Your First Tank

Your First Tank

There is an unsaid rule in the saltwater aquarium hobby which is that the smaller the harder and the bigger the easier.

What that translates into is that smaller tanks are harder to keep going. The reason for that is because it's much easier for your levels to get out of balance in smaller tanks. And, we all know what happens once your levels become unstable. It usually results in a loss of life and a great amount of tragic flushing. 

With that being said, let me give you a couple of pointers about getting your first tank. 

1. Be Prepared to spend at the bare Minimum $500 - $1000 dollars. 

Bigger the easier, also means the more you initially will need to spend on a tank. But, if you want your tank to thrive and survive, and it may seem like a lot at first, but it is well worth the value after seeing your tanks flourishing' success. 


2. Populate your tank slowly over time. Do not rush the Process. 

Once your empty tank is ready for life. Start with some live rock, snails, baby starfish, maybe shrimp and other bottom feeders. After a week or so of letting your tank cycle, you can then begin to add some easy coral like mushroom, leather or star polyps. Once you see that they are thriving, now it's time to add some fish such as Clown, Anemone Fish or Chromis. 

3. Hire a tank professional from your local saltwater store to get it going and maintain it for the first 6 months. 

Don't risk the chance of ruining your new tank by making rookie mistakes and sure don't bet your aquarium's life on it. Most local fish stores offer tank maintenance for around $150 bucks a visit depending on the size of your tank. Your fish pets will thank you for it later I promise.


4. Start off with easy Coral and Easy fish. 

In the aforementioned tip #2, Easy coral you can start off with are mushroom, leather or star polyps and some beginner fish to put in your tank are Clown, Anemone Fish or Chromis. 

5. A drilled tank is much better than a hang on overflow. 

When it comes to water filtration, you can either have your tank drilled or drop in a hang-on overflow. If you are getting a big tank of 50 gallons or more you should most likely have a drilled tank. Small tanks with an overhead are not impossible to maintain but the are the more difficult ones to keep thriving. 


6. Have sump and/or other filtration systems.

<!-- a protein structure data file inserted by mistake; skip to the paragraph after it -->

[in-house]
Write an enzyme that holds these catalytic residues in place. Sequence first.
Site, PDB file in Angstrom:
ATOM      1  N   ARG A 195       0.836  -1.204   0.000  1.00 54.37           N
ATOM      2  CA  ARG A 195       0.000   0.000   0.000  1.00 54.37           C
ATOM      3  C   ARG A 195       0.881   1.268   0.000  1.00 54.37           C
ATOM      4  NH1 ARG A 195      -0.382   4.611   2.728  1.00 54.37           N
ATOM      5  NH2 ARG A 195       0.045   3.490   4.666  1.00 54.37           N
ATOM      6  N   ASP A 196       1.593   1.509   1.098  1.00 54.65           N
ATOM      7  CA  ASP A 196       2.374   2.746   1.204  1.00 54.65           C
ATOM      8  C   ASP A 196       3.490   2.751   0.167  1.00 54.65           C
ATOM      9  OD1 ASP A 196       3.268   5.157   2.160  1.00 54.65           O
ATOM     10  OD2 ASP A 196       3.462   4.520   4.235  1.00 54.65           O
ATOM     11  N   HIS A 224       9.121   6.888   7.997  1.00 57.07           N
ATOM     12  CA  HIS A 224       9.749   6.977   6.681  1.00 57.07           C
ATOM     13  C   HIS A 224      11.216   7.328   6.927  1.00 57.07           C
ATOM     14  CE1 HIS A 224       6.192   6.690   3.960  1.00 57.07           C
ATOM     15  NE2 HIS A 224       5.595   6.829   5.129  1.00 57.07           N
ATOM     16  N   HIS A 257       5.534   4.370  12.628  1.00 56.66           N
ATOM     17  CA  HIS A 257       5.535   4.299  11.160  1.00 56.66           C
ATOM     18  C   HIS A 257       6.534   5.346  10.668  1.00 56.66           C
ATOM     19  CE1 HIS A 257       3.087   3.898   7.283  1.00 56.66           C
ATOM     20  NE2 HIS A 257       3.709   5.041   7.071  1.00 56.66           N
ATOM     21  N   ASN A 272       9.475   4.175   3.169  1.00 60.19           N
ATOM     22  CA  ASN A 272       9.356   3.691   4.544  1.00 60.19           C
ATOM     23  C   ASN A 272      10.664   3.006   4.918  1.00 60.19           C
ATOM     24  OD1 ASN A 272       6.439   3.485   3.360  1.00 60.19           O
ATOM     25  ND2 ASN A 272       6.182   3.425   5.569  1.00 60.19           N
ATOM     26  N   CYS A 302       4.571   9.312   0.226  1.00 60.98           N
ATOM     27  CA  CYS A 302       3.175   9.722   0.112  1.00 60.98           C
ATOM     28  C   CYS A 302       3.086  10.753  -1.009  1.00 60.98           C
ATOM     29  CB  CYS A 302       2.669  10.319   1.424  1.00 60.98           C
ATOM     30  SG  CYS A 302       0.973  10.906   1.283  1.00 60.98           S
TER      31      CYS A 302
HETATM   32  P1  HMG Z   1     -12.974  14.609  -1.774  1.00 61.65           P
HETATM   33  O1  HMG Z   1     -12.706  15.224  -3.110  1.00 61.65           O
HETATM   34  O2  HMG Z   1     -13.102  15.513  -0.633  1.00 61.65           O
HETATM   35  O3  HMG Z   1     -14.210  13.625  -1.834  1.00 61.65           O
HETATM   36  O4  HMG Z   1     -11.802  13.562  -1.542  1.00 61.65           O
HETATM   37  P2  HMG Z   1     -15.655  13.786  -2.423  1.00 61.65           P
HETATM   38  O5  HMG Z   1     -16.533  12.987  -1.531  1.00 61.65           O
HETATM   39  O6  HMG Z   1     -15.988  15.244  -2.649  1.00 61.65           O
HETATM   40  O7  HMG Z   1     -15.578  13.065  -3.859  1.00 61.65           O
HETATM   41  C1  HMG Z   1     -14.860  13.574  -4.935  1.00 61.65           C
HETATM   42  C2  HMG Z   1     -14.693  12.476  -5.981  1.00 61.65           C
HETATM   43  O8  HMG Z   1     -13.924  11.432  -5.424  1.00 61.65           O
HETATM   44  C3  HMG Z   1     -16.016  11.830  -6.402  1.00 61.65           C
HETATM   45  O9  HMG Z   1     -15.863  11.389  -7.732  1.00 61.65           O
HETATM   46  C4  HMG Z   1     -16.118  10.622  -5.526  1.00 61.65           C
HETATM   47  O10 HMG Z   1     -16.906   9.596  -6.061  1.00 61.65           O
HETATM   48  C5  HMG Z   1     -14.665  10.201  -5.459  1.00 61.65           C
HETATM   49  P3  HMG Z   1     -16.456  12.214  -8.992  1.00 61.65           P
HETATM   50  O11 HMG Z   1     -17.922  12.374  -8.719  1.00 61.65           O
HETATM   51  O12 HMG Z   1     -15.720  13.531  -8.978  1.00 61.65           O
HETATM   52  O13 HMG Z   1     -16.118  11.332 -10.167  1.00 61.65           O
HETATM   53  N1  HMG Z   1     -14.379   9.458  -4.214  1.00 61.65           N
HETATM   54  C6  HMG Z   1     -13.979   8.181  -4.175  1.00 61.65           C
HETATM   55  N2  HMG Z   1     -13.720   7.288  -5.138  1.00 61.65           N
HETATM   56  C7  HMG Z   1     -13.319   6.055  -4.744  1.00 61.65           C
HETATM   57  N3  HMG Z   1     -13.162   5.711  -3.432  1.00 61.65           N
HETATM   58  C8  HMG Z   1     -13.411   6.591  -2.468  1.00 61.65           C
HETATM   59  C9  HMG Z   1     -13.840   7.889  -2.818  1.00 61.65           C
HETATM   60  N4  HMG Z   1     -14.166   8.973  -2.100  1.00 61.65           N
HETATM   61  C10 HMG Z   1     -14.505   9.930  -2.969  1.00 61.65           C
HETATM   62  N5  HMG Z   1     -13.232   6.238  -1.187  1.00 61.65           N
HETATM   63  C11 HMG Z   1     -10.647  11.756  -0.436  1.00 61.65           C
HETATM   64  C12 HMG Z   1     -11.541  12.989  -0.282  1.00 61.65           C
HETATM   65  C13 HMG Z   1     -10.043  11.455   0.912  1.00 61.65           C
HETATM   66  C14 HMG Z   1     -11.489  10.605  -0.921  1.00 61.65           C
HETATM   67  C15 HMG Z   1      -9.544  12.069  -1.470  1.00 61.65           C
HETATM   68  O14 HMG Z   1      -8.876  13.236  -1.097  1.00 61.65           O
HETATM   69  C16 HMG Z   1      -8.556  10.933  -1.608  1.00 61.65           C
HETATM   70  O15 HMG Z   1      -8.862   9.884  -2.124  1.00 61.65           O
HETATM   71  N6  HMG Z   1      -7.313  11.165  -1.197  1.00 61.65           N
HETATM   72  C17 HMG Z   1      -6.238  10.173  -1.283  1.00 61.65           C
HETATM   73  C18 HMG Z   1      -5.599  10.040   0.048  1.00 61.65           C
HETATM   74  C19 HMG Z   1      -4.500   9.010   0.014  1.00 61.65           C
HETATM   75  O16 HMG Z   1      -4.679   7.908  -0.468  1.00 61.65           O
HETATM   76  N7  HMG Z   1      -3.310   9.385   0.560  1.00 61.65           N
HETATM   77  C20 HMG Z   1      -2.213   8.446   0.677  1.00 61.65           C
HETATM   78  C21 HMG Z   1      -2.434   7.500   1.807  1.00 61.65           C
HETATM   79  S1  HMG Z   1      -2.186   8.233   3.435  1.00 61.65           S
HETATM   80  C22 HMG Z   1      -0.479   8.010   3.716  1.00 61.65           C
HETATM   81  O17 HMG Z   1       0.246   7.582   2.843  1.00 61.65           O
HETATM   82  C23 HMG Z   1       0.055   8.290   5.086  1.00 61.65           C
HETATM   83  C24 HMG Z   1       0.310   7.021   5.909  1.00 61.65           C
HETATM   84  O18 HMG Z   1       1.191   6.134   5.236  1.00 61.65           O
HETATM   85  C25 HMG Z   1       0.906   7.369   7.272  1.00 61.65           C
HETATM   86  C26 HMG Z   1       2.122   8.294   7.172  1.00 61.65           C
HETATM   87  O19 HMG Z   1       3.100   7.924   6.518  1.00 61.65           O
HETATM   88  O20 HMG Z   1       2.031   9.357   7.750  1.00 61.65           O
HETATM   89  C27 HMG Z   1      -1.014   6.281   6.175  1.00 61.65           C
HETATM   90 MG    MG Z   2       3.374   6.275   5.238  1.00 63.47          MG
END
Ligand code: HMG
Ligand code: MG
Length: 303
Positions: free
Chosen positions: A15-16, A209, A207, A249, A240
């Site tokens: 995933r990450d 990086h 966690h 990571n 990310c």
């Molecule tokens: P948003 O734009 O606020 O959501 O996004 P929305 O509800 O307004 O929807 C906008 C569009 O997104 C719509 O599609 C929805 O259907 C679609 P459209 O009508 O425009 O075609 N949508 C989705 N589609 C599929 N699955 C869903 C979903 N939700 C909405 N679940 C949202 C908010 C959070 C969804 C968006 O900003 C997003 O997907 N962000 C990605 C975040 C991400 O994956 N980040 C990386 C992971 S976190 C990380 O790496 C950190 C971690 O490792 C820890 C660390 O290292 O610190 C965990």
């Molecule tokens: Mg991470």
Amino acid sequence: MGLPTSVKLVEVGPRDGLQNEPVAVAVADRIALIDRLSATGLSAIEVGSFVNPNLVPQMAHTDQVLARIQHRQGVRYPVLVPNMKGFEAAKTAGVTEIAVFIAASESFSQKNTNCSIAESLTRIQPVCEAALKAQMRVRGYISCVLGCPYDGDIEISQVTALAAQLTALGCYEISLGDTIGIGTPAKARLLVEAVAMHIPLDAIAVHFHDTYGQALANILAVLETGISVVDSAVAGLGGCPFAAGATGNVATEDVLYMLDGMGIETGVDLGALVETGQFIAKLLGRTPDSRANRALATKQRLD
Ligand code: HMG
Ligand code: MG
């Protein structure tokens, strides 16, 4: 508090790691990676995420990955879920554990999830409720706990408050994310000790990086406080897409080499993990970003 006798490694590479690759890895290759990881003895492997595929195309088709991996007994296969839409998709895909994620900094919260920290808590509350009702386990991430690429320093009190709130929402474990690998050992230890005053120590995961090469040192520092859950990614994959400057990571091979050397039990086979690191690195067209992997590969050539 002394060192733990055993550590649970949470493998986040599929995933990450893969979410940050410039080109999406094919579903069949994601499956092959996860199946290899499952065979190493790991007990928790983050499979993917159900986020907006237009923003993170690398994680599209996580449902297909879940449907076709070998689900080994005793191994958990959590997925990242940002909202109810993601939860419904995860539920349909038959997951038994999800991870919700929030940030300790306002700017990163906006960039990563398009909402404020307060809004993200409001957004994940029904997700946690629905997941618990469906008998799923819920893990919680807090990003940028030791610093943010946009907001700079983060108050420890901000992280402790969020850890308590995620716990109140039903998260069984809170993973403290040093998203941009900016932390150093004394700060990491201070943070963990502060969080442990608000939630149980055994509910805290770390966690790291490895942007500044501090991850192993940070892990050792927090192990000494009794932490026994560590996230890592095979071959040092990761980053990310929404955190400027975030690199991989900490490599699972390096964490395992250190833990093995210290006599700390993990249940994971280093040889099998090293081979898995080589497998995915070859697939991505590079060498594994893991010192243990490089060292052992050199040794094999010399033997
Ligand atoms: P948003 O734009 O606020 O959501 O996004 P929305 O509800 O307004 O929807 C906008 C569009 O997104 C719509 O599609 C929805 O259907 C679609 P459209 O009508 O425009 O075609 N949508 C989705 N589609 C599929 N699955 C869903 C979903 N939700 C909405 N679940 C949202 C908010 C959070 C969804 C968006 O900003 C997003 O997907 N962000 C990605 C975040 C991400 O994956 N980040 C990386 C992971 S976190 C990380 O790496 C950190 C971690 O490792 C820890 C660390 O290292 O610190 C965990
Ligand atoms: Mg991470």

Just as a consequence of natural processes, your tank is going to need filtration systems. Whether it's to get rid of a build up of algae (which you will also need to literally scrape off your tank every week,) or just a build up of nitrates from anything that may have died unnoticed or from fish waste; these things must be filtered out. Having a sump and other filtration systems is, in most cases, almost absolutely necessary. 

7. Do not put fish and coral together that cause conflict to other fish and coral. I don't care how pretty something looks. 

Sometimes we see something in other people's tanks or online that looks really awesome and we really want it whether that be a shark, an eel, or some awesome looking, but aggressive coral or other fish, but that doesn't mean we should just go throw anything in our tank because it looks colorful and bold. This can spell out trouble for your other sea life if you aren't careful about what you put in your tank. Google before you drop. 

8. You will need a lighting system. 

Without UV lights, you are dead, so of course, your coral and fish will be too. All life on Earth is dependent on UV light cycles. That's how you get your Vitamin D and that's how plants produce their energy that provides food for the rest of us. Coral are especially dependent upon this UV light cycle being as natural as possible. Make sure you have lighting system that either you have timed yourself or that you have in a timed lighting system. 

9. Pay attention to your fish's behavior and look.

Your fish's behavior can tell you a lot about what is going on in your tank. They can also tell you if your tank has been infected by something like a parasite, bacteria or otherwise. If you see a fish swimming upside down, it is not trying to entertain you. Some of these products could help. 

10. Consider upgrading to a bigger tank. 

If you started off with a relatively smaller tank, you might want to start thinking about moving to a bigger tank, especially if your tank isn't a drilled one - that is unless you are specializing in Nano-tanks and your knowledge is on expert level. Remember the longer you keep your tank, the more you have invested in it. Don't let your hard work go to waste by letting a smaller tank go south over night. 

11. Don't let your Temperature fluctuate too much 

The temperature of your tank is crucial. You should absolutely have temperature regulator. In a time of climate change, it has been shown that sea life does not like drastic swings in temperature. If your tank gets too hot too quickly, your coral will suffer a great whitening, i.e., die. Invest in a temperature regulator

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